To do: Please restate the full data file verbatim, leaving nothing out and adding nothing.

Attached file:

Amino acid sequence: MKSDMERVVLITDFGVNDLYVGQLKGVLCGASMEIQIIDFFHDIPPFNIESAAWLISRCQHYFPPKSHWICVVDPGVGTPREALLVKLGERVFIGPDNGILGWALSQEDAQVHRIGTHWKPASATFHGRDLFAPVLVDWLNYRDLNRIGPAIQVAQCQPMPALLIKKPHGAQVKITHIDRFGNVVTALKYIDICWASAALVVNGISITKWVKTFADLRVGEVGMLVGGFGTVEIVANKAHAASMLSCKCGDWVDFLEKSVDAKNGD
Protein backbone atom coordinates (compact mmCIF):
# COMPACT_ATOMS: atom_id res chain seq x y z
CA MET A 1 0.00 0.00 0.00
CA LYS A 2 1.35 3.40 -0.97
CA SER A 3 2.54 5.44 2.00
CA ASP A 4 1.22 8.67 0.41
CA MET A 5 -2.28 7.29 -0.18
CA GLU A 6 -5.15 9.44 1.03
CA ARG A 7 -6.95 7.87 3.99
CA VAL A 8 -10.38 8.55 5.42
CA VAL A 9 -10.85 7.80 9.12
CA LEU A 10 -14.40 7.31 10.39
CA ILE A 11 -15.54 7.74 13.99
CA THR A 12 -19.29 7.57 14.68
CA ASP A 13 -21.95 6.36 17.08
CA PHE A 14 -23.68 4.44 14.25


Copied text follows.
Amino acid sequence: MKSDMERVVLITDFGVNDLYVGQLKGVLCGASMEIQIIDFFHDIPPFNIESAAWLISRCQHYFPPKSHWICVVDPGVGTPREALLVKLGERVFIGPDNGILGWALSQEDAQVHRIGTHWKPASATFHGRDLFAPVLVDWLNYRDLNRIGPAIQVAQCQPMPALLIKKPHGAQVKITHIDRFGNVVTALKYIDICWASAALVVNGISITKWVKTFADLRVGEVGMLVGGFGTVEIVANKAHAASMLSCKCGDWVDFLEKSVDAKNGD
Protein backbone atom coordinates (compact mmCIF):
# COMPACT_ATOMS: atom_id res chain seq x y z
CA MET A 1 0.00 0.00 0.00
CA LYS A 2 1.35 3.40 -0.97
CA SER A 3 2.54 5.44 2.00
CA ASP A 4 1.22 8.67 0.41
CA MET A 5 -2.28 7.29 -0.18
CA GLU A 6 -5.15 9.44 1.03
CA ARG A 7 -6.95 7.87 3.99
CA VAL A 8 -10.38 8.55 5.42
CA VAL A 9 -10.85 7.80 9.12
CA LEU A 10 -14.40 7.31 10.39
CA ILE A 11 -15.54 7.74 13.99
CA THR A 12 -19.29 7.57 14.68
CA ASP A 13 -21.95 6.36 17.08
CA PHE A 14 -23.68 4.44 14.25